Hi Jed. As you know, I very much appreciate your posts. I’m getting serious about my move now so I’m going to be using your links faithfully. I do have a question, is there an age limit? I consider myself “a young, older person”. As always, thank you very much. ~ a
Ciao Angela! I’m glad you’ll be utilizing the links. Don’t forget about the Quiz Patente app for your smartphone and tablet. Turning the journey into a game really helps! After turning sixty, licenses must be renewed every five years. After seventy I think it’s every three (I don’t remember exactly). I don’t think there is an age limit on who can get or keep a license. In bocca al lupo! Jed
Hi Jed – I am busy with mine and its quite daunting. However your link to the English translation book was a huge help (thank you) and it got me through the first few months of studying when, like you, I was totally overwhelmed by the task. Your blog notes were also very helpful (and calming to know that there were others out there in the same position as me) Wish me luck :).
You’re right, Babette. It can feel like an insurmountable task at the very beginning. But once you start chiseling away, hope emerges! For the home stretch, the quiz patent app was my savior! In bocca al lupo! Jed
Excellent post and great links and resources. I passed the exam about 3 years ago with great difficulty after failing it twice. True you must take it in Italian, and the Italian used is not the “everyday speaking” Italian you are likely learning, even Italians say there are words and expressions on the exam they did not know. But the real catch here is that the exam is quite difficult, despite the language. I know Italian natives who failed it repeatedly. As Jed indicated, you need to dedicate time to know the manual well and you must be doing very well consistently on the online practice exams before you attempt the real test. One last bit, many questions appear to be duplicated but a slight change in wording could change the answer from true to false and vice versa, you must read them very carefully and watch out for trick questions, as there are plenty.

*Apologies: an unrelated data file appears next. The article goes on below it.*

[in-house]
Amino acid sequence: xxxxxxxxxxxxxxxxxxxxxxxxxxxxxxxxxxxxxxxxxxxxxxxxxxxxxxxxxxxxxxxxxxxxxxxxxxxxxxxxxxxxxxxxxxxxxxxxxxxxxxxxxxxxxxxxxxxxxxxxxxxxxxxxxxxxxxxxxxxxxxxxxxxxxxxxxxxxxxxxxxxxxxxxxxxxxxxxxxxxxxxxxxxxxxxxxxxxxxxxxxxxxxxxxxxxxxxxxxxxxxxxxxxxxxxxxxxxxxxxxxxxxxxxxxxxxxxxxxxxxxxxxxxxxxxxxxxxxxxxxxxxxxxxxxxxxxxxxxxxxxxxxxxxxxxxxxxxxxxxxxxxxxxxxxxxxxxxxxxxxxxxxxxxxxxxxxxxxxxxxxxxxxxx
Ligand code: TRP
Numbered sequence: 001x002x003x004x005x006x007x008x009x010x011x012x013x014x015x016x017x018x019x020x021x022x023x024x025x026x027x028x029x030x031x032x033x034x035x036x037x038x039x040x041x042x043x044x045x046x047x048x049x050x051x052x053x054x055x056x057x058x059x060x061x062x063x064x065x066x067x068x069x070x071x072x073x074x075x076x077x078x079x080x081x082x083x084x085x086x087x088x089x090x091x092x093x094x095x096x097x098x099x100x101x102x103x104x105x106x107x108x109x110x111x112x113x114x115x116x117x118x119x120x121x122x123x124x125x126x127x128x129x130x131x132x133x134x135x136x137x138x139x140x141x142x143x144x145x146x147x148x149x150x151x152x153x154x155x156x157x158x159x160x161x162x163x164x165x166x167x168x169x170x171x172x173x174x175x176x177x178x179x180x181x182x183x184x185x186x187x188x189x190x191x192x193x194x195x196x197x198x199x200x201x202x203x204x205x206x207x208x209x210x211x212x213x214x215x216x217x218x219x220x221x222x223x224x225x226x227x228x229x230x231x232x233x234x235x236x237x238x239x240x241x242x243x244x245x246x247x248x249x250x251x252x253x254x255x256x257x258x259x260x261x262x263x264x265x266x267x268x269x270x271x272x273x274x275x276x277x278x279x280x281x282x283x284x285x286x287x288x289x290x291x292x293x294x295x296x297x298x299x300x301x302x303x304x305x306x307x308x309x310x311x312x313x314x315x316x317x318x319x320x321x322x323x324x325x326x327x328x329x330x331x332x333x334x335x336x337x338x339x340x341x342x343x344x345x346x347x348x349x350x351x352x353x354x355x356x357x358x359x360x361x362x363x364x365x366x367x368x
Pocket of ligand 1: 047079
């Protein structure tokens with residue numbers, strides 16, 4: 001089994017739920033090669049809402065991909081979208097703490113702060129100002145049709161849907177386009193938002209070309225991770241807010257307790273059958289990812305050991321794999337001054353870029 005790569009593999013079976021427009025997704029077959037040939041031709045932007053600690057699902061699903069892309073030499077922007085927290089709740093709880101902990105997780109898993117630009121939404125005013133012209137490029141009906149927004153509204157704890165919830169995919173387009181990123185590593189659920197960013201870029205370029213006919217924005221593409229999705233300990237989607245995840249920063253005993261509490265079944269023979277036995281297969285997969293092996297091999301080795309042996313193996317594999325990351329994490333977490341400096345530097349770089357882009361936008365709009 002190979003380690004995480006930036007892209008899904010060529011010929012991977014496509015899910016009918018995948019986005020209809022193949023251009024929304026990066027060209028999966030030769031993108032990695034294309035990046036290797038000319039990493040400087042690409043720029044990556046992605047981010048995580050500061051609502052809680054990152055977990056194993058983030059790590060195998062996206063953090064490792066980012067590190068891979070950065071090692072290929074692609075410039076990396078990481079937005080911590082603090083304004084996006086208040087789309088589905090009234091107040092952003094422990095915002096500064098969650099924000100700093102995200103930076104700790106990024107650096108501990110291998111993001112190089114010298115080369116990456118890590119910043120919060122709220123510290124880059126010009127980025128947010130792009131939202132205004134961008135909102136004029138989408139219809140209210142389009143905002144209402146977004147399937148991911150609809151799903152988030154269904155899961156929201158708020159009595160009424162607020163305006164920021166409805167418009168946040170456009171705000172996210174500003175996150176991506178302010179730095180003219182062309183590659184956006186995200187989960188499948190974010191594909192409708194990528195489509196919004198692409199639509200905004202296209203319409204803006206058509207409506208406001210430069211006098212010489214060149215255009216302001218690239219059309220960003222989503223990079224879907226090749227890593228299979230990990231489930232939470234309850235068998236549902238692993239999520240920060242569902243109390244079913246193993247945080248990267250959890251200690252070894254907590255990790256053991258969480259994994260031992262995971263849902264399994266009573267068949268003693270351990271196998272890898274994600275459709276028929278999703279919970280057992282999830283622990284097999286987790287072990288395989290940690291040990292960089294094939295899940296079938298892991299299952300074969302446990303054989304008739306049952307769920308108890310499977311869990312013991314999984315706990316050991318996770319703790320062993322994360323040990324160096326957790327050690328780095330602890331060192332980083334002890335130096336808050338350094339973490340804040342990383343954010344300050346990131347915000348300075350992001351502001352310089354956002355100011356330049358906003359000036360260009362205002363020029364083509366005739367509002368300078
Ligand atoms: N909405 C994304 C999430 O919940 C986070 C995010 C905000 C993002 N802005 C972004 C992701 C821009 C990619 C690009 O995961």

Excellent points, Neil! Those crafty changes of wording can really catch a person if they’re not being attentive. I remember seeing ten different variations of one question, half of which would be true and the other half false. Once I saw that I redoubled my efforts in testing myself, again and again, to not be fooled!
sir I want to know that there is any possibility to give patente B theory test in English in upcoming years
Hi, Harman. This is a frequent question. Unfortunately, I have no news that the Patente B theory test will be offered in English. It was offered in English many years ago, but not now. Studying a book with side-by-side Italian/English translation can be helpful for learning the terms you will see on the exam. I’ve included a link to Amazon.it in this thread should you want to explore it.
Hii anyone can help me to know how to get english translation driving books for italian patente